In line with this, the most obvious characteristic of the Church of the future which Ratzinger foresees is that it will be smaller, poorer, and much humbled: “From the crisis of today the Church of tomorrow will emerge — a Church that has lost much. She will become small and will have to start afresh more or less from the beginning. She will no longer be able to inhabit many of the edifices she built in prosperity. As the number of her adherents diminishes, so she will lose many of her social privileges. In contrast to an earlier age, she will be seen much more as a voluntary society, entered only by free decision.”
IT MAY come as a surprise to those who think of Benedict simply as a political and ecclesial arch-conservative that he predicts that the humbling of the Church will result in her again identifying with the most disadvantaged: “It will make her poor and cause her to become the Church of the meek.” Similarly, in a passage that, 50 years on, certainly reflects the reality of many Anglican Provinces, the ministry of the Church will look very different. The Church, he says, “will discover new forms of ministry and will ordain to the priesthood approved Christians who pursue some profession. In many smaller congregations or in self-contained social groups, pastoral care will normally be provided in this fashion.”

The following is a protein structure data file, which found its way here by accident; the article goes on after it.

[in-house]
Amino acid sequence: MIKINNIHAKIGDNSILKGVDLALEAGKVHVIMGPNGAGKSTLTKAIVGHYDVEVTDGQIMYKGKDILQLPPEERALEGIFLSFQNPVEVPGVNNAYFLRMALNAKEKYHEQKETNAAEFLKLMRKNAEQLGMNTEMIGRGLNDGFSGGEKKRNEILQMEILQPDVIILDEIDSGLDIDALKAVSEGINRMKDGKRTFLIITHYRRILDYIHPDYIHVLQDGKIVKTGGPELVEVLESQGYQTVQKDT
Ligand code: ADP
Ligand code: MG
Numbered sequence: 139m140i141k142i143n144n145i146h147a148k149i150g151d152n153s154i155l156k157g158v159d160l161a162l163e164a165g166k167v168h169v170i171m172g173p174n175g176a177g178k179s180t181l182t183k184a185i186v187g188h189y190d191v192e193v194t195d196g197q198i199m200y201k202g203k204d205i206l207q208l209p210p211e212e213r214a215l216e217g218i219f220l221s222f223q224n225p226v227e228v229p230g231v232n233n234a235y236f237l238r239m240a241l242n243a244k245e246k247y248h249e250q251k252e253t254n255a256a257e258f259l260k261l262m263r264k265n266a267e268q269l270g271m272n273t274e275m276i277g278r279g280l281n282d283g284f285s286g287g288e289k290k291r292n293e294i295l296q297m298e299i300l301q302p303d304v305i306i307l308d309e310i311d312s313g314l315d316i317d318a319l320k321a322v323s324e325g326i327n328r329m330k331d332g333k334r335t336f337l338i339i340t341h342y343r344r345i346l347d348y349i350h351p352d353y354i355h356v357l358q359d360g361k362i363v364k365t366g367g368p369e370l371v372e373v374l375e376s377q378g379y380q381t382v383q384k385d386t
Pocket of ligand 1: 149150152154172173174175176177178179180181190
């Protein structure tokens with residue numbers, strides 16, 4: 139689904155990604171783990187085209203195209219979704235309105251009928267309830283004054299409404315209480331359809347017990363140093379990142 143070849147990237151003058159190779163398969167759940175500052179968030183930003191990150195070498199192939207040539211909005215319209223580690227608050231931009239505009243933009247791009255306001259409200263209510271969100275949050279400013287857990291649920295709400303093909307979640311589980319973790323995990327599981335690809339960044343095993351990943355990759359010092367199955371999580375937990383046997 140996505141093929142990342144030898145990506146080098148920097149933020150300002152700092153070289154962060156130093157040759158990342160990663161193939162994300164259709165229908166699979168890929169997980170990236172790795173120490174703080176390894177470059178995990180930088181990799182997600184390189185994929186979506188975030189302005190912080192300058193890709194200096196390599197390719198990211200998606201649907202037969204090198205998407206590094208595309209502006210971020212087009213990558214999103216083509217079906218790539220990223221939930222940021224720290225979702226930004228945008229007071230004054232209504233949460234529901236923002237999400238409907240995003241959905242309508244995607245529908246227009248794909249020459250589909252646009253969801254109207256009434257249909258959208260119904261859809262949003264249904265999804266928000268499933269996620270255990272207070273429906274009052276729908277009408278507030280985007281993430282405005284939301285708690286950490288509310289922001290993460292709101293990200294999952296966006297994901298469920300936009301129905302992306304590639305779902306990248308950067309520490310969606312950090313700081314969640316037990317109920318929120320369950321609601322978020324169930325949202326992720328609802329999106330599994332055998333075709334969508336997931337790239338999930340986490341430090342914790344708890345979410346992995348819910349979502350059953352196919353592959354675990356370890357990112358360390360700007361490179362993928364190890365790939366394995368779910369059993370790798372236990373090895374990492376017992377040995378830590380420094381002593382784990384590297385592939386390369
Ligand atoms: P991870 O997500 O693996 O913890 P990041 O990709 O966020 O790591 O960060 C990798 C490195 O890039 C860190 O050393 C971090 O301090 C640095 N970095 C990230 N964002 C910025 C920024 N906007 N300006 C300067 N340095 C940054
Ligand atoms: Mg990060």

What will the faith of this Church look like? In words that strikingly anticipate the extreme polarisation of modern society, turbo-charged by social media, Ratzinger predicts that — “flirting as little with the Left as with the Right” — the Church of the future will have the theological and spiritual wisdom to avoid the false dichotomies that contemporary debates routinely serve up: “The future of the Church can and will issue from those whose roots are deep and who live from the pure fullness of their faith. It will not issue from those who accommodate themselves merely to the passing moment or from those who merely criticise others and assume that they themselves are infallible measuring rods.”